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Hendricks gave up 10 hits for the second time this month.

Kyle Hendricks struggles again as Cubs drop series opener in Arizona, 8-3

SHARE Kyle Hendricks struggles again as Cubs drop series opener in Arizona, 8-3
SHARE Kyle Hendricks struggles again as Cubs drop series opener in Arizona, 8-3

PHOENIX – Back to the drawing board – and back to Wrigley Field – for Kyle Hendricks.

The former ERA champ continued his first-inning struggles Friday night in a series-opening 8-3 loss to the Diamondbacks at Chase Field in Arizona – just a week after pitching seven scoreless innings to beat the same team at home.

Hendricks gave up three runs on four hits in the first inning Friday – eventually tying his career high with seven runs surrendered during his five-inning start.

He has allowed nine runs in the first inning in his five starts this season, five of those runs earned as opponents have gone 11-for-24 (.458) against him in the first.

Hendricks said the problems Friday were less about early lapses than overall conviction in his pitches.

“I just didn’t make good pitches,” said Hendricks, who trailed by just one with two out and nobody on in the fifth until four straight reached base for three runs. “The command wasn’t there.”

If there’s an upside as he looks ahead at his next scheduled start, Friday against the Cardinals – it’s that it comes at Wrigley Field, where he has made his best two starts so far (two runs in 12 innings).

Meanwhile, the Cubs have lost back-to-back games for the first time since their six-game losing streak during the first road trip of the season. They had won nine of 11 before Thursday’s 2-1 loss to the Dodgers.

The Diamondbacks, meanwhile, have won nine of their past 11, with their only two losses in that stretch coming against the Cubs last weekend at Wrigley field.

Maples up, Rosario down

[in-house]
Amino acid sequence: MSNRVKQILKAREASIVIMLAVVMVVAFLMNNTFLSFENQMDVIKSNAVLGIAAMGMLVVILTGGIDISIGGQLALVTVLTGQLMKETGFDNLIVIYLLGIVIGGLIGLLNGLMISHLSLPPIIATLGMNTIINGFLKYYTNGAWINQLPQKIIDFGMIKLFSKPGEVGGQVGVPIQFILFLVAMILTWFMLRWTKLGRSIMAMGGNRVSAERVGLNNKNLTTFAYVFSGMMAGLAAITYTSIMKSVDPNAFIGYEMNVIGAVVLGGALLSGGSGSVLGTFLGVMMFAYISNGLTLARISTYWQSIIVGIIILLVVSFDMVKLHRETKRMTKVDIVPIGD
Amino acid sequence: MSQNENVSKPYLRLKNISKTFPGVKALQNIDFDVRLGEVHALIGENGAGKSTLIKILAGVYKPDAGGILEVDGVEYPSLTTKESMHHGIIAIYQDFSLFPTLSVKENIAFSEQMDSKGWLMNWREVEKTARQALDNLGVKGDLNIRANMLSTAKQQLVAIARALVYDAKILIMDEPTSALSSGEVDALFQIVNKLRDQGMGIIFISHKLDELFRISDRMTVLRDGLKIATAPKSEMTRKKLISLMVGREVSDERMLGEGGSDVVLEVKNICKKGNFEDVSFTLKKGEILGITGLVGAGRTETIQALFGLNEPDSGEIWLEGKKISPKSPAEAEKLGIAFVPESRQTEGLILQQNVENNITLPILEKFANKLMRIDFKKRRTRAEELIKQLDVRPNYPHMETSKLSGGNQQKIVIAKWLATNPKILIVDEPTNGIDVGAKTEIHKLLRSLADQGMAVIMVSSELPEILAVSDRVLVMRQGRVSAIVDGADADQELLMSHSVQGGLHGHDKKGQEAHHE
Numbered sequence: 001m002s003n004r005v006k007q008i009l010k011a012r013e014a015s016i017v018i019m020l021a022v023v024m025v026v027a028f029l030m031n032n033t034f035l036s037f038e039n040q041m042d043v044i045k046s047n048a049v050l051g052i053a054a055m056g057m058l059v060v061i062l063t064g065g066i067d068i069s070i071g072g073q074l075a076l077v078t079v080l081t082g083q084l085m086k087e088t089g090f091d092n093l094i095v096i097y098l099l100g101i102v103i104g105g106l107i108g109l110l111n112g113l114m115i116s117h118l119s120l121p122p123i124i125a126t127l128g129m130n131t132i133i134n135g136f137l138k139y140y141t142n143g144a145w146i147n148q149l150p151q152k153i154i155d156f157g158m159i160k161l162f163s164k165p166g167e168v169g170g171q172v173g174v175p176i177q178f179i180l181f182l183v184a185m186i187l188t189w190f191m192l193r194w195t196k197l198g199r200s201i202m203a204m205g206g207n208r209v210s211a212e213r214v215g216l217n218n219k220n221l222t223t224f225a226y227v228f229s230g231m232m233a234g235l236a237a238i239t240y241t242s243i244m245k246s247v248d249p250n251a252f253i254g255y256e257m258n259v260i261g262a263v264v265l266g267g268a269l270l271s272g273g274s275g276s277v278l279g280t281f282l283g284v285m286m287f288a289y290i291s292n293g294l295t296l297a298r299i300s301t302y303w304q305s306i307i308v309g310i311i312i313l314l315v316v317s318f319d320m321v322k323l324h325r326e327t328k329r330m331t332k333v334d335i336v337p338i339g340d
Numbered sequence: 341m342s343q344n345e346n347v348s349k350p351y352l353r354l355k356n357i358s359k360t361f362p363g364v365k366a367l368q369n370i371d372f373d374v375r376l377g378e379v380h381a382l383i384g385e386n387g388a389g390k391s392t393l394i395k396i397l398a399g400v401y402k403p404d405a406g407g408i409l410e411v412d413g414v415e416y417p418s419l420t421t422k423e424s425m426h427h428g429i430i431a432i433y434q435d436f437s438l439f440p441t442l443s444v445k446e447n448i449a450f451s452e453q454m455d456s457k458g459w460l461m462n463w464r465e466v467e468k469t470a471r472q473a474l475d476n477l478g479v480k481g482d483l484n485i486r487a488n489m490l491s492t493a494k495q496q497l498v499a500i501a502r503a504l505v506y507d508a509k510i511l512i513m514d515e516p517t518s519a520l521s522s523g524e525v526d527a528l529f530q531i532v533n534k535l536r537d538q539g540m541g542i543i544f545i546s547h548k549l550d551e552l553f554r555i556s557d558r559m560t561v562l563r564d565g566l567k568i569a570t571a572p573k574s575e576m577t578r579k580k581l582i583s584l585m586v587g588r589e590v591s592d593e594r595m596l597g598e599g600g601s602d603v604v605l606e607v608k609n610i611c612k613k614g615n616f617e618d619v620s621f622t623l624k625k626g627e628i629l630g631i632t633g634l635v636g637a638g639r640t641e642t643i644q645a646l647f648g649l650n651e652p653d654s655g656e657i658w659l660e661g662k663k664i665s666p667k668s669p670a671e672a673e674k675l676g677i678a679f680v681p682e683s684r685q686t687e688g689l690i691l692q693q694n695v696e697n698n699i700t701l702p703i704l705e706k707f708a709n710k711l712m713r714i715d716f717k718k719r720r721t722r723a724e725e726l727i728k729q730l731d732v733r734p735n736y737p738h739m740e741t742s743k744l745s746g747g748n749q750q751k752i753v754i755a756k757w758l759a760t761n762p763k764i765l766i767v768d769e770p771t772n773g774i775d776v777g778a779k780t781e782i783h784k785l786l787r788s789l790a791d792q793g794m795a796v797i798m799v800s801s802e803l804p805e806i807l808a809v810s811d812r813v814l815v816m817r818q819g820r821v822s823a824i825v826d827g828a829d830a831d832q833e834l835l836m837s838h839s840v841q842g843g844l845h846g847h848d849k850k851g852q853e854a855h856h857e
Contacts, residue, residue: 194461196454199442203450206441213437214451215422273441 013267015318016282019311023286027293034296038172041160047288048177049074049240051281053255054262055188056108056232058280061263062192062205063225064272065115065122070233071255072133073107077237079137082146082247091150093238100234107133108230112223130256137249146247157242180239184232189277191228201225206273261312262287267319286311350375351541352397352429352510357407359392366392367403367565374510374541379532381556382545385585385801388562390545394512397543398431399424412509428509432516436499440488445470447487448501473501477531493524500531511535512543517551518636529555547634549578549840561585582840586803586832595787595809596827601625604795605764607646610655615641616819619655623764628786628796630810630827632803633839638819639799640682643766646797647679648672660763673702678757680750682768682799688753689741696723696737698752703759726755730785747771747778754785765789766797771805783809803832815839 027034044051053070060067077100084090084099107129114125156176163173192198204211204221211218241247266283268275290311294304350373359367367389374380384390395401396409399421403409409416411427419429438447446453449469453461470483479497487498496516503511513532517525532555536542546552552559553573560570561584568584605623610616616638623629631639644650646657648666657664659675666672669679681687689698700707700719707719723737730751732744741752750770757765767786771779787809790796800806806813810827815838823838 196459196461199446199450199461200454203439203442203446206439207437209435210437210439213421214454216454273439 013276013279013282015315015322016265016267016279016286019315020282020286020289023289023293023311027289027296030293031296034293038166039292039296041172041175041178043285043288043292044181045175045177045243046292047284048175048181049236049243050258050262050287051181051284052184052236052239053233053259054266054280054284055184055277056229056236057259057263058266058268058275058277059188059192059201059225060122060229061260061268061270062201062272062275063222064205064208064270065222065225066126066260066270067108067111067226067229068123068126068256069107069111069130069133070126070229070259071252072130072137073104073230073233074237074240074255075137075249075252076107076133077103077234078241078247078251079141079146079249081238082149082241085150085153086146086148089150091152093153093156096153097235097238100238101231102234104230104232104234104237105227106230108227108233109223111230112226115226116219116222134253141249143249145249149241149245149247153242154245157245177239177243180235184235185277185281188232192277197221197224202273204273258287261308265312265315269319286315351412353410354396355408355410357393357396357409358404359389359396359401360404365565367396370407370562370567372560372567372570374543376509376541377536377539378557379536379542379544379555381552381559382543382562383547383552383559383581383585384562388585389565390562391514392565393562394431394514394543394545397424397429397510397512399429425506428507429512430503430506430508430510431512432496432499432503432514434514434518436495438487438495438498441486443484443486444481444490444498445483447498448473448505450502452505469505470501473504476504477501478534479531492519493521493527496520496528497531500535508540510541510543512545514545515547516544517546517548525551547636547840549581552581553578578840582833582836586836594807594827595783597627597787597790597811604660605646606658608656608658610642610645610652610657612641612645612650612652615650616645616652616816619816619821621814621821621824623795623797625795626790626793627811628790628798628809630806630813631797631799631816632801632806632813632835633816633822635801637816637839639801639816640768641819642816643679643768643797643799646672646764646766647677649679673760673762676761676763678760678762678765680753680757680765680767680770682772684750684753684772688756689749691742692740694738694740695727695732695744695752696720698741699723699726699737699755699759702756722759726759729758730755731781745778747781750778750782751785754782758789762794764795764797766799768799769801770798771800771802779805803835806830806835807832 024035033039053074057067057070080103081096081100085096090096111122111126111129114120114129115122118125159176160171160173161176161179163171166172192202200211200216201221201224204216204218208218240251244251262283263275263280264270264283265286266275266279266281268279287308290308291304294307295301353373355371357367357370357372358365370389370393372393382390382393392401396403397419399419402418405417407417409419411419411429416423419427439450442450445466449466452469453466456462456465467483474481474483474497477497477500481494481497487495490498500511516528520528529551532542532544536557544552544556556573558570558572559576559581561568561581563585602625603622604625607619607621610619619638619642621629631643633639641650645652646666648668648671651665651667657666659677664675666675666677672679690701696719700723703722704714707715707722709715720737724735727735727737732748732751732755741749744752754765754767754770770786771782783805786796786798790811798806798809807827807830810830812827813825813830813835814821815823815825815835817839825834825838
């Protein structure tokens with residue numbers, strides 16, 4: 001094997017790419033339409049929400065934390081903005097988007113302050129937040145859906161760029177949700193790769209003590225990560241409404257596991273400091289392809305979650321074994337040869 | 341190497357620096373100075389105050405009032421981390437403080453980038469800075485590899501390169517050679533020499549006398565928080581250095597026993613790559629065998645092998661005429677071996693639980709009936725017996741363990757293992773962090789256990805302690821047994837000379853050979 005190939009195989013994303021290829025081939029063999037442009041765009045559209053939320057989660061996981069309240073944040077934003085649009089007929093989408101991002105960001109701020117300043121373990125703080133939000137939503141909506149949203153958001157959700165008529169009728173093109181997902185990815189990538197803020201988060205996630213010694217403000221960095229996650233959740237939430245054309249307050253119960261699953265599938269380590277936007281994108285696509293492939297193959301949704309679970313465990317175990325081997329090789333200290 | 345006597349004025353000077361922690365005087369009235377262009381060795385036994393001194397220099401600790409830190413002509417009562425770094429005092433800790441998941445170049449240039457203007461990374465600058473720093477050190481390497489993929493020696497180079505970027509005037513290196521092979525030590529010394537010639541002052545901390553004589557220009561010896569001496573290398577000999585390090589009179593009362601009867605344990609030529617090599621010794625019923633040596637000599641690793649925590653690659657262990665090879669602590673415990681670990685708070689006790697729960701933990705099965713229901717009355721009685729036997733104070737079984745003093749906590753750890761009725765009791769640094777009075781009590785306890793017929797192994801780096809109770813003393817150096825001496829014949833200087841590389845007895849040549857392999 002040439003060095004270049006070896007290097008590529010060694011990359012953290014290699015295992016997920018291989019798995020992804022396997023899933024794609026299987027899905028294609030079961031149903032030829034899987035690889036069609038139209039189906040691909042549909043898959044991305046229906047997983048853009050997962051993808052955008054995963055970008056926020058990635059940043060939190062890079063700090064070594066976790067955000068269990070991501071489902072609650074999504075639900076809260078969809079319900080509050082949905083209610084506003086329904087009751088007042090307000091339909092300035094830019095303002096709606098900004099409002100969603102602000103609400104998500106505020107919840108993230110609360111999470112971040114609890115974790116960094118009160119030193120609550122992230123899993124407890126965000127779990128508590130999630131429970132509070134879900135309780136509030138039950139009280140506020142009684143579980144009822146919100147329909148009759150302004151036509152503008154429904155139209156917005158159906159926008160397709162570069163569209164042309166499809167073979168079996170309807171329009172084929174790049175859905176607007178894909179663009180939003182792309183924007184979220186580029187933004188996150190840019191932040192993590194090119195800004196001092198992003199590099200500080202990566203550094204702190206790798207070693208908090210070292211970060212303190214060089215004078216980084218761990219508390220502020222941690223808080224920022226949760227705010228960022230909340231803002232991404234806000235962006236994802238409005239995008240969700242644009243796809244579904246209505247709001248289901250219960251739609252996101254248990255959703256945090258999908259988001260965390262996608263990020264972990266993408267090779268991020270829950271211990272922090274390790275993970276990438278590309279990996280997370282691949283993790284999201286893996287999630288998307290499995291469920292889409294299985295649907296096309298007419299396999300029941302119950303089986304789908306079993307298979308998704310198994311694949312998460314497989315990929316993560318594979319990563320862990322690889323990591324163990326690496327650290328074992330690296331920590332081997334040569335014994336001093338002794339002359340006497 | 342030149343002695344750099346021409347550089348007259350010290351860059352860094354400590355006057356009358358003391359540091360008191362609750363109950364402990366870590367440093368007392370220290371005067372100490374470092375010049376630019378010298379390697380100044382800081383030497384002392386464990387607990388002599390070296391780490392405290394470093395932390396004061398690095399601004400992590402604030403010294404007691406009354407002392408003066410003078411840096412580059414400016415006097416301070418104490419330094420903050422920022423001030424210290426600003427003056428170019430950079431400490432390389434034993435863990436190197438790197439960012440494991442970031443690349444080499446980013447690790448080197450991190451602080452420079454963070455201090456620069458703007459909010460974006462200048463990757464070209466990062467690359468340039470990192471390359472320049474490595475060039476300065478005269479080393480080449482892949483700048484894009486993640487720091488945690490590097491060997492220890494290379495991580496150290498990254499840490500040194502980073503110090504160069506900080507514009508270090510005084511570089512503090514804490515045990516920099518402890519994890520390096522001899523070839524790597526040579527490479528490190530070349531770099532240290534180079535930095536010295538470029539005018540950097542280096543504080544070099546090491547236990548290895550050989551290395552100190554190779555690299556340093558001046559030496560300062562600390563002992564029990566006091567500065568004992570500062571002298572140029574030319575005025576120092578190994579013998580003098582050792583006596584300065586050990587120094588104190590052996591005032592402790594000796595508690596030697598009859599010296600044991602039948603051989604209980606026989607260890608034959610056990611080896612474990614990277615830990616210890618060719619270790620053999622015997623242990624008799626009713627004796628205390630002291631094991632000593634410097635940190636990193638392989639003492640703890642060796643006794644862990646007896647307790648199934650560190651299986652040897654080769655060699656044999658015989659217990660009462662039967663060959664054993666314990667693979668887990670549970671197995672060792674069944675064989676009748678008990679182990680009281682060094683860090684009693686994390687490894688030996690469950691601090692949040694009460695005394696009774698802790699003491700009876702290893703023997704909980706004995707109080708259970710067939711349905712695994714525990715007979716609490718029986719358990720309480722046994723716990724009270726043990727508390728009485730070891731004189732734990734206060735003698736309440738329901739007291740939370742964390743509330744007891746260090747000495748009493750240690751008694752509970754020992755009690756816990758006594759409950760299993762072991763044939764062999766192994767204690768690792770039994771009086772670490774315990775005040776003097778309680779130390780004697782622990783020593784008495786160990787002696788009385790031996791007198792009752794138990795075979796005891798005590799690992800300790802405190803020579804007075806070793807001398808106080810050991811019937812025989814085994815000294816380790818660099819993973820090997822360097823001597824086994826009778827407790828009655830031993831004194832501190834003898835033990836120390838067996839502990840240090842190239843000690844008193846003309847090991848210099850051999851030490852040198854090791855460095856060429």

The Cubs recalled power right-hander Dillon Maples and optioned left-hander Randy Rosario to Class AAA Iowa as they approached a stretch of games against mostly right-handed lineups.

Maples, whose upper-90s fastball makes him currently the hardest-throwing reliever on the staff, made his season debut and walked the first two batters he faced in the sixth because he was unable to locate his fastball, then struck out the next three on his above-average slider.

“If he throws that fastball for a strike, that slider becomes devastating,” manager Joe Maddon said. “I guess he’s been doing that.”

Until Friday at least.

Command of the fastball has been the only thing keeping Maples from sticking in the big leagues after two brief stints the last two years.

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“It’s still one of those things where you just right that wave,” said Maples, who had recovered from a miserable first three appearances in the minors. “And it’s been feeling good so I’ve got a lot of confidence in it right now.”

<em>Maples on Friday (John Antonoff photo)</em>

Maples on Friday (John Antonoff photo)

Maples, the 13th pitcher used out of the Cubs’ bullpen less than a month into the season, allowed only two hits, both singles and one of them an infield hit in seven minor-league appearances.

With Rosario out, the Cubs have only one lefty among eight relievers.

This and that

Left-hander Mike Montgomery (lat strain) is scheduled to make his third minor-league rehab start Saturday with Class AAA Iowa.

Albert Almora Jr. tied last year’s career high with four hits Friday.

Kris Bryant, who has been slowly heating up over the past week, homered for the first time since the season opener.

• Maddon’s Post, the manager’s new restaurant adjacent to Wrigley Field, is scheduled to open May 14 as the Cubs open a six-game road trip in Cincinnati.


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